One high point of the trip was meeting Jo from Celtic Memories (see sidebar links!)  What a great person. She spoke at one of our dinners. Her talk was unfortunately truncated by time constraints, but it was wonderful to finally meet her.  I am hoping for some time in the future to sit down over lunch or a walk and spend more time with her, either here on one of her visits, or there, should we actually be able to return some day.

Ireland was a wonderful mixture of experiences, despite the disappointments here and there.  It was a good trip.  John said that the prettiest parts of Ireland reminded him of Vermont.  And, at the end, Deb said, “Okay folks, back to reality. No more fantasy.” I thought to myself,…no, that’s not quite true.  I live in a fantasy world, a dream world, something most people ONLY dream about.  How lucky am I!

I will post some photos tomorrow, though with all the rain, and taking a lot of them from the bus window en route to one venue or another, didn’t make for the greatest shots either.   Maybe Tom’s photos (he took 850 of them) will turn out better and you can see more on the Hodge Podge blog later in the week!

Getting Ready

June 8, 2007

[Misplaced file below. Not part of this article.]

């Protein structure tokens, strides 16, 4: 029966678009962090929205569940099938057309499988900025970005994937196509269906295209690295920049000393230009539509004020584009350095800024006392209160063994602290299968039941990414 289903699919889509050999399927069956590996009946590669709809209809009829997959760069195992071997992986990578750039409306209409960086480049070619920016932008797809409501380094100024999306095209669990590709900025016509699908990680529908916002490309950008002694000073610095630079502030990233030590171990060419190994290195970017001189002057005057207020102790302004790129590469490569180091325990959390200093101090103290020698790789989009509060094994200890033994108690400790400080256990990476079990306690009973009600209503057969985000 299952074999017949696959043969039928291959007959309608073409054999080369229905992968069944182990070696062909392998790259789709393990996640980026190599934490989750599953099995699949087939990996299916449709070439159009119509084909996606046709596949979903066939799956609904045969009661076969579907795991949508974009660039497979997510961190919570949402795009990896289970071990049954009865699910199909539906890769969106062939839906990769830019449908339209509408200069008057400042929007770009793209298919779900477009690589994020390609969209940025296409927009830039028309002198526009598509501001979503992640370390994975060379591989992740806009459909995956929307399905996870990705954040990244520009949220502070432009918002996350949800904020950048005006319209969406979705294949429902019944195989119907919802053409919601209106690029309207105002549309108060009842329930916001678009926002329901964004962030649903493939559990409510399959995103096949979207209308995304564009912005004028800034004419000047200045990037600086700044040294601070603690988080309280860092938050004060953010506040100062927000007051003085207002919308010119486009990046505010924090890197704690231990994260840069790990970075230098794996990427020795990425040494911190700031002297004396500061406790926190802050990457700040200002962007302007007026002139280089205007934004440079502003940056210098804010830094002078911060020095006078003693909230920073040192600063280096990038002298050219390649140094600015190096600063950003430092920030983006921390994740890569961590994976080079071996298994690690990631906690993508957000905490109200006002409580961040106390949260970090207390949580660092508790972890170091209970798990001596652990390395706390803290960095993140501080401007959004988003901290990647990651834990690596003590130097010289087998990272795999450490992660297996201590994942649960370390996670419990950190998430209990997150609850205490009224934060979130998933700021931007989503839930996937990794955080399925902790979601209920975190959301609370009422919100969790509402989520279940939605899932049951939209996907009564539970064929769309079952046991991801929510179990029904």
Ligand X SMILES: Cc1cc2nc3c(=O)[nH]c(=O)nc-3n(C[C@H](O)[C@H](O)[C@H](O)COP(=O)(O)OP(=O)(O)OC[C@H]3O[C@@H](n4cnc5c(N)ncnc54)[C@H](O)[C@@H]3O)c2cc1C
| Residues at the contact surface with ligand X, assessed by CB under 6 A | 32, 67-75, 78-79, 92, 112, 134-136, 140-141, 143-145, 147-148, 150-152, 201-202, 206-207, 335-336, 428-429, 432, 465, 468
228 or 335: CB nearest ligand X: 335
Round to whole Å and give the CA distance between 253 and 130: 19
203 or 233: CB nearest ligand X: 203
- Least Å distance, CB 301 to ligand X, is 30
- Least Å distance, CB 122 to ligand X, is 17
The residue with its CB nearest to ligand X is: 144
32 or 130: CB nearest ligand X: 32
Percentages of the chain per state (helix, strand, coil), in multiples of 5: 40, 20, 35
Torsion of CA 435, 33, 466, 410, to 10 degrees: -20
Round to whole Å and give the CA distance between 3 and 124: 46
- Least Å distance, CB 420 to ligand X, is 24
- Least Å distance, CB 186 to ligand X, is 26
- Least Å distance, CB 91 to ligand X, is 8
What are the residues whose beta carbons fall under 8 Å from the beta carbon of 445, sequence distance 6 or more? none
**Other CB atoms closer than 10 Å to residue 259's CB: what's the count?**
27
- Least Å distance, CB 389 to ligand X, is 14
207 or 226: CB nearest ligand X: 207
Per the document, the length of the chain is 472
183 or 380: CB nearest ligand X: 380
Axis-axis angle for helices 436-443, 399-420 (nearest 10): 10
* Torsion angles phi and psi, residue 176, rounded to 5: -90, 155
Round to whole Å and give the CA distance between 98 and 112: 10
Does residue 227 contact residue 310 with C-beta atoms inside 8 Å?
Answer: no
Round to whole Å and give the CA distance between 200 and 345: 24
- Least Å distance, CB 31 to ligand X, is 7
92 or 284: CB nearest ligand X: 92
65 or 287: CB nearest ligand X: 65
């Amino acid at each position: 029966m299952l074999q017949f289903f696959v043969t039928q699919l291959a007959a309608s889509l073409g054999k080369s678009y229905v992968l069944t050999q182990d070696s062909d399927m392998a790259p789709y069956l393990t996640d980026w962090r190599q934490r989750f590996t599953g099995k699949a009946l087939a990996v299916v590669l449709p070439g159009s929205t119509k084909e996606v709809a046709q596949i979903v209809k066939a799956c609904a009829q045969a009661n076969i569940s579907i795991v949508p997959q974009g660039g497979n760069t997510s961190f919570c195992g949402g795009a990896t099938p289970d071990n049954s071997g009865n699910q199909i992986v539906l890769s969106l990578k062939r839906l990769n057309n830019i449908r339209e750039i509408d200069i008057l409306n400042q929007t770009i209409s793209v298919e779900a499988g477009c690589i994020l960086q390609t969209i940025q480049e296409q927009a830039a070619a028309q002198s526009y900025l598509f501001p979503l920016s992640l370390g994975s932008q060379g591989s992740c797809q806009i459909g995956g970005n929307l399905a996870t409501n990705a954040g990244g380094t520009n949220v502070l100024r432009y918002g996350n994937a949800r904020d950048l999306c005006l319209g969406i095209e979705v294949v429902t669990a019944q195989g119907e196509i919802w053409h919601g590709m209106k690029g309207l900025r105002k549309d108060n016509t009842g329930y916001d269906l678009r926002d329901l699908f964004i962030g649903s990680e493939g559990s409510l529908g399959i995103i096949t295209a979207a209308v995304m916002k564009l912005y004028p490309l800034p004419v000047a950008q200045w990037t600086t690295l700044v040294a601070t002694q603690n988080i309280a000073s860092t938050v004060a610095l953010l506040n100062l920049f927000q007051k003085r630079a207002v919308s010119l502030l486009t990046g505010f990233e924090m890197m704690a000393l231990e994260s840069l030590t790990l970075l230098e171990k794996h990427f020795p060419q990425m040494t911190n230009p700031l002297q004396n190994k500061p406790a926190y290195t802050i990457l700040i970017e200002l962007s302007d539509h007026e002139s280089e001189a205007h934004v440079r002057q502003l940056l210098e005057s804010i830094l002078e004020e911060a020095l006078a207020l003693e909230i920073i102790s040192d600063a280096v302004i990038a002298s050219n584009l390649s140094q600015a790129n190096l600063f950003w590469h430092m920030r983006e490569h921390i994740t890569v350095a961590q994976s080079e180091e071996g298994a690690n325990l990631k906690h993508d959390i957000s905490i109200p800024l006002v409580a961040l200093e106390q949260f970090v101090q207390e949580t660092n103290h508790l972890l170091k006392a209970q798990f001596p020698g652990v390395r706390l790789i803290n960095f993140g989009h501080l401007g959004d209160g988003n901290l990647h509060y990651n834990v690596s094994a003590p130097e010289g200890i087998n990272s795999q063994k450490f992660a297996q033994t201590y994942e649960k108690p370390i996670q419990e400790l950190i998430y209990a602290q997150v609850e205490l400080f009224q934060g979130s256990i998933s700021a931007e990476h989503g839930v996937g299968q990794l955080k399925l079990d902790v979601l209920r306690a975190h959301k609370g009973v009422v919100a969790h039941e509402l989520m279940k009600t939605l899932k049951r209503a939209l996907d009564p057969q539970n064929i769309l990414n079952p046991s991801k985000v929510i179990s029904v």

One week from today, we will leave the house at 6:30 or so, catch the Dartmouth shuttle coach to Logan, stash our bags, and take the T into Boston to have lunch with other Ireland tour folks, then return to the airport by 3, and begin the process of getting on the plane to head out to Shannon. That means I have exactly six days to do the 12 days worth of stuff I need to do to get ready. What, you say? What do you have to do except pack. Well, that might be true if a neighbor were coming in to watch the animals (though I’d still have outside chores to do to get ready), but we have a house-sitter coming, which means I am in the same mode one gets in when one cleans because the cleaning lady is coming! Sounds silly, I know, but the truth is I haven’t cleaned the frig in forever, nor defrosted the freezer, nor cleaned up my sewing room/guest room, and you can’t walk in the pantry, since I tend to throw things on the floor instead of putting everything in its proper place…the list goes on. And outside, there’s all the mowing to do. (Yesterday, a friend stopped in and wondered why I was mowing when that was the sheep’s job. Well, I answered him, for three reasons: 1)sheep don’t much like to eat in 10″ high grass with seed heads on top, not sure why, but they waste a lot, so I mow. 2) All the annuals are in bloom, the ones they skip over: if they go to seed, they’ll multiply and take over the spaces supposed to be occupied by good tasting stuff. 3)I have this crazy idea that if you cut off the seed heads of the grasses, their energy goes into making edible leaves, instead of procreation through seeds. So, roughly two hours every morning, I’m out there, pushing my Bachtold walk behind brush hog around. I’ve gotten most of that done, just about two acres left. Then, I have to set up the fencing for two weeks worth of grass, to make it easier for Ian (Stewart, fellow writer for Black Sheep Newsletter) to change their pasture. And stock in grain for everyone. This a.m. friend, Lucas, is coming to help me refurbish “Chicken Village,” the series of houses and cages surrounded by poultry fencing, where the chickens live. It needs mowing; three of the cages (which are currently all left with doors open to provide shelter when the free running hens need or want it) are losing their chicken wire, coming unattached. One, the turkey nursery, or maybe pre-school, needs the old bottom torn off and a new one put on. (Turkeys have about zero immune system til they’re three months old, so you either raise them off the ground, or you feed them chemical wormers. I opt for the former, which means they are in cages til 3 months. After that, it’s hard to kill them…unless you’re a coyote. In addition to the Chicken Village work, we need to transfer the pigs out to pasture. They’ve done their job of turning up the bedding/soil/manure in the ram pen and the winter chicken quarters, so now, it’s back behind the house to work on some stumps in cleared land. So, now you know why I’ve not been sitting here writing every morning…and it’s time to get at it…mowing from 6:30-8:30 is on the schedule for the day…